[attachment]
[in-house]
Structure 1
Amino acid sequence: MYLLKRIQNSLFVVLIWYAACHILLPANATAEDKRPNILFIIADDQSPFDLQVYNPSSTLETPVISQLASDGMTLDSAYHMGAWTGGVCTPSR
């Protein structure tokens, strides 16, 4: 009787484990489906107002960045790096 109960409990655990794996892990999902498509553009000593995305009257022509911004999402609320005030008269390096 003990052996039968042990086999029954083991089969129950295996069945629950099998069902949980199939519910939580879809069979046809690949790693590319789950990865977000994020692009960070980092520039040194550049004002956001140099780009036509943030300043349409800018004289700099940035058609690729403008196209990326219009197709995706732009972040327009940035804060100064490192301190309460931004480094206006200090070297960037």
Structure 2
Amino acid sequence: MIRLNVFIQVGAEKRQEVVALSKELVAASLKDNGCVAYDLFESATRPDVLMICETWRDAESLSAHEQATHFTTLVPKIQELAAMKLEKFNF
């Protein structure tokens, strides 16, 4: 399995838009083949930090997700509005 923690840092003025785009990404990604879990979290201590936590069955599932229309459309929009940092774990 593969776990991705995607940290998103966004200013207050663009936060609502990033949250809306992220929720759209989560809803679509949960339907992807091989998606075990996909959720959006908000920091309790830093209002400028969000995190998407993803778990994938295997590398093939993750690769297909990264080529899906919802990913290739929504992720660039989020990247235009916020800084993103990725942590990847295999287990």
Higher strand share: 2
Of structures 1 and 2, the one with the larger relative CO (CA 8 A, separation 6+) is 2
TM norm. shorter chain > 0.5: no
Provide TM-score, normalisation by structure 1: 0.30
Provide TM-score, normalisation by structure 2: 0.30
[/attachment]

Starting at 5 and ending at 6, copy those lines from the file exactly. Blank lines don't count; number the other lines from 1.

Structure 2
Amino acid sequence: MIRLNVFIQVGAEKRQEVVALSKELVAASLKDNGCVAYDLFESATRPDVLMICETWRDAESLSAHEQATHFTTLVPKIQELAAMKLEKFNF